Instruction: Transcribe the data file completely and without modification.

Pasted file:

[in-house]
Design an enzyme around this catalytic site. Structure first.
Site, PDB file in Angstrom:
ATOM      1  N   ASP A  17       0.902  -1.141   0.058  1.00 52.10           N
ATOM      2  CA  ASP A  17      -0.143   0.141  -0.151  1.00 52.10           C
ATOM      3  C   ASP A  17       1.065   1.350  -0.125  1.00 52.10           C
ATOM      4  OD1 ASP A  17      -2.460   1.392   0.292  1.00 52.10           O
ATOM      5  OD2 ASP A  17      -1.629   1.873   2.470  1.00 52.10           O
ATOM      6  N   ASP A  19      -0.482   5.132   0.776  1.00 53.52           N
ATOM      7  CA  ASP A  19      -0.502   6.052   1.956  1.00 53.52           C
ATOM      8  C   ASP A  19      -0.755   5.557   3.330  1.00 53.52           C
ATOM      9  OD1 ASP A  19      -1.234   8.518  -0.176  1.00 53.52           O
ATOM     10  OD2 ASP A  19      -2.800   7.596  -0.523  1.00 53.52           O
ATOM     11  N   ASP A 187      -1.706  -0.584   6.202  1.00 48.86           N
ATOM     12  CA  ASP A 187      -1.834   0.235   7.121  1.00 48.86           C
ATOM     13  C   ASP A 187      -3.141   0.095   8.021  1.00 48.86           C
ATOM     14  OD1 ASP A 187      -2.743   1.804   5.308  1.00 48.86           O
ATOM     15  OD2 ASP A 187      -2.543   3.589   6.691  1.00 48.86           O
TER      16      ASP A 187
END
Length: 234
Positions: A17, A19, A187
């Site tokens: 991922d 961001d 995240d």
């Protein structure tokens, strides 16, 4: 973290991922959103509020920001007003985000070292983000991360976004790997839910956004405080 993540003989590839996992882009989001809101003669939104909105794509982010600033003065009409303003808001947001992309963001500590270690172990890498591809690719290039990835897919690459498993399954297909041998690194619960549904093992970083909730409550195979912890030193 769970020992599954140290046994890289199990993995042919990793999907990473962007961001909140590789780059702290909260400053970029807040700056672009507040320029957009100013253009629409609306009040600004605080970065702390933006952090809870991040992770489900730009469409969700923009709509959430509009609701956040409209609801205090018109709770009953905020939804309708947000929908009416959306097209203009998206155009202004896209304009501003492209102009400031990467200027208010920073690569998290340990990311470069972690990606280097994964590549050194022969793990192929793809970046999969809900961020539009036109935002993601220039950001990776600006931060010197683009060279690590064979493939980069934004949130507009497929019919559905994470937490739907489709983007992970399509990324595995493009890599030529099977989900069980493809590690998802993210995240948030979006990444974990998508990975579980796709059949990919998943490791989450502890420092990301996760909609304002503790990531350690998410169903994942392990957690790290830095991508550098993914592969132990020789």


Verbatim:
[in-house]
Design an enzyme around this catalytic site. Structure first.
Site, PDB file in Angstrom:
ATOM      1  N   ASP A  17       0.902  -1.141   0.058  1.00 52.10           N
ATOM      2  CA  ASP A  17      -0.143   0.141  -0.151  1.00 52.10           C
ATOM      3  C   ASP A  17       1.065   1.350  -0.125  1.00 52.10           C
ATOM      4  OD1 ASP A  17      -2.460   1.392   0.292  1.00 52.10           O
ATOM      5  OD2 ASP A  17      -1.629   1.873   2.470  1.00 52.10           O
ATOM      6  N   ASP A  19      -0.482   5.132   0.776  1.00 53.52           N
ATOM      7  CA  ASP A  19      -0.502   6.052   1.956  1.00 53.52           C
ATOM      8  C   ASP A  19      -0.755   5.557   3.330  1.00 53.52           C
ATOM      9  OD1 ASP A  19      -1.234   8.518  -0.176  1.00 53.52           O
ATOM     10  OD2 ASP A  19      -2.800   7.596  -0.523  1.00 53.52           O
ATOM     11  N   ASP A 187      -1.706  -0.584   6.202  1.00 48.86           N
ATOM     12  CA  ASP A 187      -1.834   0.235   7.121  1.00 48.86           C
ATOM     13  C   ASP A 187      -3.141   0.095   8.021  1.00 48.86           C
ATOM     14  OD1 ASP A 187      -2.743   1.804   5.308  1.00 48.86           O
ATOM     15  OD2 ASP A 187      -2.543   3.589   6.691  1.00 48.86           O
TER      16      ASP A 187
END
Length: 234
Positions: A17, A19, A187
């Site tokens: 991922d 961001d 995240d």
């Protein structure tokens, strides 16, 4: 973290991922959103509020920001007003985000070292983000991360976004790997839910956004405080 993540003989590839996992882009989001809101003669939104909105794509982010600033003065009409303003808001947001992309963001500590270690172990890498591809690719290039990835897919690459498993399954297909041998690194619960549904093992970083909730409550195979912890030193 769970020992599954140290046994890289199990993995042919990793999907990473962007961001909140590789780059702290909260400053970029807040700056672009507040320029957009100013253009629409609306009040600004605080970065702390933006952090809870991040992770489900730009469409969700923009709509959430509009609701956040409209609801205090018109709770009953905020939804309708947000929908009416959306097209203009998206155009202004896209304009501003492209102009400031990467200027208010920073690569998290340990990311470069972690990606280097994964590549050194022969793990192929793809970046999969809900961020539009036109935002993601220039950001990776600006931060010197683009060279690590064979493939980069934004949130507009497929019919559905994470937490739907489709983007992970399509990324595995493009890599030529099977989900069980493809590690998802993210995240948030979006990444974990998508990975579980796709059949990919998943490791989450502890420092990301996760909609304002503790990531350690998410169903994942392990957690790290830095991508550098993914592969132990020789």